Clerkships are typically described in the rosiest of terms—fostering a lifelong mentor/mentee relationship between judge and clerk, and affording only professional and personal benefits. Few former clerks are willing to speak openly about the potential downsides to clerking: when judges mistreat their clerks, abuse their positions of power, and negatively impact their former clerks’ lives, careers, and reputations.
Join Georgetown Women’s Legal Alliance and Professor Jonah Perlin on Thursday, October 27, 2022 at noon in conversation with Aliza Shatzman, President and Co-Founder of The Legal Accountability Project, a nonprofit aimed at ensuring that law clerks have positive clerkship experiences, while extending support and resources to those who do not. Aliza will share her personal experience with gender discrimination, harassment, and retaliation by a former DC Superior Court judge to combat the culture of silence in the legal community that discourages law clerk reporting and to explain the circumstances that led her to launch her nonprofit with her law school classmate, Matthew Goodman.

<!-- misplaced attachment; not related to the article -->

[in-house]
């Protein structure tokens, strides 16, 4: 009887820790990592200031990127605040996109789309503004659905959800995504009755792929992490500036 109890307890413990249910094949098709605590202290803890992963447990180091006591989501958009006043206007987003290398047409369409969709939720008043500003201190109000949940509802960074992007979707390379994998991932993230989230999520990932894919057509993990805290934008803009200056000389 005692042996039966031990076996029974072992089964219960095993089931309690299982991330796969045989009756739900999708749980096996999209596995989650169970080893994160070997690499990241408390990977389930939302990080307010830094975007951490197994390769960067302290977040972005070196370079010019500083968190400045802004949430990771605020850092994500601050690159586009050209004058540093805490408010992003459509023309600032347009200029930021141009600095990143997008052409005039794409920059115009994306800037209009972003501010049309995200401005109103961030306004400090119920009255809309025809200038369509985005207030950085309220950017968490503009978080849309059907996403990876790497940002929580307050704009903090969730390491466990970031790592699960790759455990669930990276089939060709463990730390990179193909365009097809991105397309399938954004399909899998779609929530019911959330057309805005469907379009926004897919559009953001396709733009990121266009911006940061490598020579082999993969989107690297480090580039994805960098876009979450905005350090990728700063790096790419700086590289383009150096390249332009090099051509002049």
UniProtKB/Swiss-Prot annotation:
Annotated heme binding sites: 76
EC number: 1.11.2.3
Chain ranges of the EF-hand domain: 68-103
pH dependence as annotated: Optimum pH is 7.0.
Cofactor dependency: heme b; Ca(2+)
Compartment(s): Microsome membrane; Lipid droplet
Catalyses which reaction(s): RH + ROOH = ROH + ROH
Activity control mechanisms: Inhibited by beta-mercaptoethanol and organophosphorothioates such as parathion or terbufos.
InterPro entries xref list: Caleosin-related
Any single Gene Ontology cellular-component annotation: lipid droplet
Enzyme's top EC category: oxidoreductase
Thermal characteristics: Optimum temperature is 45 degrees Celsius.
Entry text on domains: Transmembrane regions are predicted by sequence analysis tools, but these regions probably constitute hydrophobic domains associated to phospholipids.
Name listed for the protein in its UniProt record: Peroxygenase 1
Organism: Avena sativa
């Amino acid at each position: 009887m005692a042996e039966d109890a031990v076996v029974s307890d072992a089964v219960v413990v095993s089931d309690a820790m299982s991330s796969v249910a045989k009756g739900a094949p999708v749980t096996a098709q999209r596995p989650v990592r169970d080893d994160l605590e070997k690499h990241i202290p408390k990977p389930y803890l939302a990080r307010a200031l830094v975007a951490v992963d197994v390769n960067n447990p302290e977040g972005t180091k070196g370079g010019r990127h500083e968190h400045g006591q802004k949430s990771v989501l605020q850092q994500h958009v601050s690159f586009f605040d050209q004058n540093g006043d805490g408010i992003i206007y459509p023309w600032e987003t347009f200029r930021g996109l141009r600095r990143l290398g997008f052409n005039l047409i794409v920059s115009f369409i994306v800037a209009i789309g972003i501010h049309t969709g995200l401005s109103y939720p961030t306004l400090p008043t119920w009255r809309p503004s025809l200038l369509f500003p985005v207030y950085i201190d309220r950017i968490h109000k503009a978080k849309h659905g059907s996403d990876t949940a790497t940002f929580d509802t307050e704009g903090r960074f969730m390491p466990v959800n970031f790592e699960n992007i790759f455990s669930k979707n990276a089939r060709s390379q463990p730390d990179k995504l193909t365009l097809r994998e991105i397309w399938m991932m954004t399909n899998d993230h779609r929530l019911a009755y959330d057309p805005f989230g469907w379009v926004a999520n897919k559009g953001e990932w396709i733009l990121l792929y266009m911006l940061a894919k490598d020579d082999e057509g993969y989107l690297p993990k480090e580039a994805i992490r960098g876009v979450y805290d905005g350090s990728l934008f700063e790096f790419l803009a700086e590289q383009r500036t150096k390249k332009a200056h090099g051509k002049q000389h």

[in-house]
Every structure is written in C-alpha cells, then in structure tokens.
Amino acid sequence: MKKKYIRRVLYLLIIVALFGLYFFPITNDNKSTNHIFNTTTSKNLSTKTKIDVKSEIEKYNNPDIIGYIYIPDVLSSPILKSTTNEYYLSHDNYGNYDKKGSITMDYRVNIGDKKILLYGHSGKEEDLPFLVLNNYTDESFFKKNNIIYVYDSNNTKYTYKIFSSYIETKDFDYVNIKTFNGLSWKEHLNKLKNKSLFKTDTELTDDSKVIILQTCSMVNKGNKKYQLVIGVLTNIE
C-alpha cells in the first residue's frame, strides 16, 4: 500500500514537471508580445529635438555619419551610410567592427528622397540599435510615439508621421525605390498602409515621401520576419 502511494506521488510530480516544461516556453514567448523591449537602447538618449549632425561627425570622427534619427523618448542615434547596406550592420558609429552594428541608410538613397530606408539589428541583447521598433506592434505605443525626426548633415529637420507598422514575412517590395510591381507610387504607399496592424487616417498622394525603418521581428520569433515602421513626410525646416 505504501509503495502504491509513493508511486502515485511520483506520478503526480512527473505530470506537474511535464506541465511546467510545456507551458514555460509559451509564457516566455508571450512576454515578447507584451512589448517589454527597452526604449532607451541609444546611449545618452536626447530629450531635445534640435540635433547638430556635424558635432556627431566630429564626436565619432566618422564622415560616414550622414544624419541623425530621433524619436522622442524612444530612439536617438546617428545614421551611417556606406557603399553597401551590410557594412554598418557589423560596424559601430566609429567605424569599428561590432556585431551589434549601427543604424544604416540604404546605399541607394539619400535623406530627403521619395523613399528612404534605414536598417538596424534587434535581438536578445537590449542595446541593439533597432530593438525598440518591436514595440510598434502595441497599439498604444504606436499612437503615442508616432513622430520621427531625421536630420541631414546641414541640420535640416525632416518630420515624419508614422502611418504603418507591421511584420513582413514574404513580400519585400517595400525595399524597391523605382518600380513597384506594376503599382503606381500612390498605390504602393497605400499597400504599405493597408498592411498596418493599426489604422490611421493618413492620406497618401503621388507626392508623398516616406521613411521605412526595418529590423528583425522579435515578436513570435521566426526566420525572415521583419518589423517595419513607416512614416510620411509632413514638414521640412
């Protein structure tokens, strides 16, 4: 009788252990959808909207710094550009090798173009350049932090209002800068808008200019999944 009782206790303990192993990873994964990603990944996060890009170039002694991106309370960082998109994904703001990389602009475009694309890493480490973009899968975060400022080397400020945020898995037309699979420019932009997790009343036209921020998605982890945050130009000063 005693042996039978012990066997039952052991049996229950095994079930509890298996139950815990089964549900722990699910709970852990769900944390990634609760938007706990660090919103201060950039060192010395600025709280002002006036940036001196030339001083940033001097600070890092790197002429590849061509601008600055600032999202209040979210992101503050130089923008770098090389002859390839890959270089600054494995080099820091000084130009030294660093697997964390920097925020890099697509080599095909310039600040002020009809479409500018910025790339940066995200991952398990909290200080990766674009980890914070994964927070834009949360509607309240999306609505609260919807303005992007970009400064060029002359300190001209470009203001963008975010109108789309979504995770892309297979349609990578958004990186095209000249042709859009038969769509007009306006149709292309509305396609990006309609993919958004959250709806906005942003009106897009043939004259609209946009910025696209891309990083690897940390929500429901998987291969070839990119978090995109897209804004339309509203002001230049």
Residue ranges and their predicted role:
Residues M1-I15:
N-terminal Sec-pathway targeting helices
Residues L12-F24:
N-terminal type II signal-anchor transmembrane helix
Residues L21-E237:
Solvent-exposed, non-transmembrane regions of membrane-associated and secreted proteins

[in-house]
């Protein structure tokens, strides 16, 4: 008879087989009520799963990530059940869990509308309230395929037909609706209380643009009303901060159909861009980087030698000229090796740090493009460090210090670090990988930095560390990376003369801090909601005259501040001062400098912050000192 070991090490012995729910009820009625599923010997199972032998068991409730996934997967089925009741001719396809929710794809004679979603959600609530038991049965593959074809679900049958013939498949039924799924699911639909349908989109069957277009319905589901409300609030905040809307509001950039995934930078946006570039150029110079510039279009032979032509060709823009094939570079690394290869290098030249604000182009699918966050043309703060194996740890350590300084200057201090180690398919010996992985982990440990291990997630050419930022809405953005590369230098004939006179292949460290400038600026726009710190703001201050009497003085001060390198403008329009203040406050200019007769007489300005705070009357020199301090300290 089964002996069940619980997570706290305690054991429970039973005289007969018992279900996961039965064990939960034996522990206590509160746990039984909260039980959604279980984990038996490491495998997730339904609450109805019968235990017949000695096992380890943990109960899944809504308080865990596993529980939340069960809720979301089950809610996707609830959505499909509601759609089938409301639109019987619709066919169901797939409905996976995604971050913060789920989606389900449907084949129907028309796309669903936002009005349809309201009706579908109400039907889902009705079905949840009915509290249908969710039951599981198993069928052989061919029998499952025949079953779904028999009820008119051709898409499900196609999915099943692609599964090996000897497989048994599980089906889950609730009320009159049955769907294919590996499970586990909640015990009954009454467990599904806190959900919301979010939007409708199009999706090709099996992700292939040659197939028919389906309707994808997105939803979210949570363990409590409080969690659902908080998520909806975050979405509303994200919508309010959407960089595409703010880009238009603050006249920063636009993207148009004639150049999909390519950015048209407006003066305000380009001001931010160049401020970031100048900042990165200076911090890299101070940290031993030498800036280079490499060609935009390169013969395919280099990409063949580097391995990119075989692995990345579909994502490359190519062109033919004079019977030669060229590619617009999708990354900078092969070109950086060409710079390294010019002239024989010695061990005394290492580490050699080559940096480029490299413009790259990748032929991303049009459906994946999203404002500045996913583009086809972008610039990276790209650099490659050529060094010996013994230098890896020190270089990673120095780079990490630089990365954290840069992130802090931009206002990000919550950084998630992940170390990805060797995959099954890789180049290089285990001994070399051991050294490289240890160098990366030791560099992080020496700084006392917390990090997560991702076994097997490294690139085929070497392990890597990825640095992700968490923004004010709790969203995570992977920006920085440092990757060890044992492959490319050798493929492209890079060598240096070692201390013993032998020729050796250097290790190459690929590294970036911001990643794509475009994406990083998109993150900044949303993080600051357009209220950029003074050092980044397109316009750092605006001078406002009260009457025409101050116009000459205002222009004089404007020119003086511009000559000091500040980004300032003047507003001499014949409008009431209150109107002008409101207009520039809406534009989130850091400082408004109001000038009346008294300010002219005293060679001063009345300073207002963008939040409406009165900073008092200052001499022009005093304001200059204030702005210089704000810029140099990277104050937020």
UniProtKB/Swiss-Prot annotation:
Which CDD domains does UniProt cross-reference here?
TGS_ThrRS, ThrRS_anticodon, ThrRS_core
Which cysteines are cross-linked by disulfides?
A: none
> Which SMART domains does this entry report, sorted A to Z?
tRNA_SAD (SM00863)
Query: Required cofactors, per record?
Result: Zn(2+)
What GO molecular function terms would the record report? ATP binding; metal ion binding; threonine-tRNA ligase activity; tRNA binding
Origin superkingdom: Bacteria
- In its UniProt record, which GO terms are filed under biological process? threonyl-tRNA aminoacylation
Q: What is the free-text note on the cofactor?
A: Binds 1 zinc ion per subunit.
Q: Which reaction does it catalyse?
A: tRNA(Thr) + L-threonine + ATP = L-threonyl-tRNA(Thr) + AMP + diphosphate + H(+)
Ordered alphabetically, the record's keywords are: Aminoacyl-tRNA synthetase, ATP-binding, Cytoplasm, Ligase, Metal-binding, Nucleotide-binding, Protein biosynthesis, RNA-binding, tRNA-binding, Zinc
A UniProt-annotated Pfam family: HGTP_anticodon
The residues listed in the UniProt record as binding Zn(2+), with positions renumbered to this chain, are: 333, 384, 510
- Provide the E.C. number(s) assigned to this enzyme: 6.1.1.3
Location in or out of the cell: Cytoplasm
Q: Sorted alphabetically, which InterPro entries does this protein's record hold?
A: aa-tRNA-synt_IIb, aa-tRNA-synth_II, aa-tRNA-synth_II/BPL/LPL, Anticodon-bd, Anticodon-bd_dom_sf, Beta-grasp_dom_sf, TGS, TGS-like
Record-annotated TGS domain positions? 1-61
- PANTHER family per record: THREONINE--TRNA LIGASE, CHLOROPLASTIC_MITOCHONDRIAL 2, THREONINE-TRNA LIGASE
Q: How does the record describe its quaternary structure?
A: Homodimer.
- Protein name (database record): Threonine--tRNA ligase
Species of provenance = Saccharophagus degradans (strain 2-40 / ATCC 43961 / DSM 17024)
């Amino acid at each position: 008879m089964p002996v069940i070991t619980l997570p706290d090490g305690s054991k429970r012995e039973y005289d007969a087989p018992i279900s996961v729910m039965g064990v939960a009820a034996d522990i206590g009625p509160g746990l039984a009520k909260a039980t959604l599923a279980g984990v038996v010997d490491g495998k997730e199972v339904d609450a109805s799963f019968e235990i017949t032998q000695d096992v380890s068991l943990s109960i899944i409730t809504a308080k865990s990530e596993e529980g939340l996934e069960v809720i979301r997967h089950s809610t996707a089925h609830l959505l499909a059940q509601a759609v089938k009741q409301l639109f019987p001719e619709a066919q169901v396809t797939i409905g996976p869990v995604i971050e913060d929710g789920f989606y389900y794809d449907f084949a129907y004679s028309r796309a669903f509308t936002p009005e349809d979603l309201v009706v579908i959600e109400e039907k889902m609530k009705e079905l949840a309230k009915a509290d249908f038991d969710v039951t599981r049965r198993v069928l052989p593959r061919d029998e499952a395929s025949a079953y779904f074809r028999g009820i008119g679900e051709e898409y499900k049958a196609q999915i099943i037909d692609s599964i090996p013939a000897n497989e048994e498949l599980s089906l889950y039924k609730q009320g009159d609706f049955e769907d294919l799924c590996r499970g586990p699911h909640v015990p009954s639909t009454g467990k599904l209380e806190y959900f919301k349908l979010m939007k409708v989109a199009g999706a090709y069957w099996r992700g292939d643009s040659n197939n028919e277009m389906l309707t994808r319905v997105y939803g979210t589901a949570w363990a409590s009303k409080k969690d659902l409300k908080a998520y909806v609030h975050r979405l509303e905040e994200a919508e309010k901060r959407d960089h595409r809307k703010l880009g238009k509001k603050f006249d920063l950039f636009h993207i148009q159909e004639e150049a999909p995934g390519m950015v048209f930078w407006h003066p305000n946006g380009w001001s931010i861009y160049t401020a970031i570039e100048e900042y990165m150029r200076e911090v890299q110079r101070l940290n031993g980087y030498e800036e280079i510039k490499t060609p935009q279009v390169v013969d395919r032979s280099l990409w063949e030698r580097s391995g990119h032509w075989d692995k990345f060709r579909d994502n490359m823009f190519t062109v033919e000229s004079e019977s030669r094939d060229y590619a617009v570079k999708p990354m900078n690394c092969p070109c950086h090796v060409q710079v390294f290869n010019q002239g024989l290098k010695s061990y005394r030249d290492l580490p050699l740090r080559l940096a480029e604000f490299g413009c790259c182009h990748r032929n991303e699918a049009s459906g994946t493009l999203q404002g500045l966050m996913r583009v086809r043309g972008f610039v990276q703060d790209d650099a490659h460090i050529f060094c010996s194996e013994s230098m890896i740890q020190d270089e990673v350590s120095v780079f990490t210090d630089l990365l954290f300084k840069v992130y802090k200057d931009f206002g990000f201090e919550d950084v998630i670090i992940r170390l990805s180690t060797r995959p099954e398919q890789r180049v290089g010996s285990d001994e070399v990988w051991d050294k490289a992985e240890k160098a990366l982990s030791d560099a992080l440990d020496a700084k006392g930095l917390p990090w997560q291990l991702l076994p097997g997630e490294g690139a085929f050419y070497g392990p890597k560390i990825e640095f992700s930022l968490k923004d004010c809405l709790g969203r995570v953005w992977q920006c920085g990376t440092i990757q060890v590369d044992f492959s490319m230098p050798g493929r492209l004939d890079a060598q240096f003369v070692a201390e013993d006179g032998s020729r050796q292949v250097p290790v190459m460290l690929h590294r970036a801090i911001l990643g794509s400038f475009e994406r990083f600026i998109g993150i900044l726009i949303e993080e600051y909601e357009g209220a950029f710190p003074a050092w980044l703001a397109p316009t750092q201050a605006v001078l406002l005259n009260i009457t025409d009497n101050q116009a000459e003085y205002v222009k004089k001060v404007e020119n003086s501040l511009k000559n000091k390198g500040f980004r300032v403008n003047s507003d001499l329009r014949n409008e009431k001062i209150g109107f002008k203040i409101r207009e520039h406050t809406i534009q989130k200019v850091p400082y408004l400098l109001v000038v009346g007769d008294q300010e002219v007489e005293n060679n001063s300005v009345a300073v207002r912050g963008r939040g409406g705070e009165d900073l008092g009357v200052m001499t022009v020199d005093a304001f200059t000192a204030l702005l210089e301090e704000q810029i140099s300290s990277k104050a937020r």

Aliza and Professor Perlin will discuss the scope of the problem of judicial misconduct. They will then consider solutions, including The Legal Accountability Project’s resources, which will transform the clerkship landscape for the next generation of attorneys and ensure they can pursue careers they love, in workplaces free from discrimination and harassment.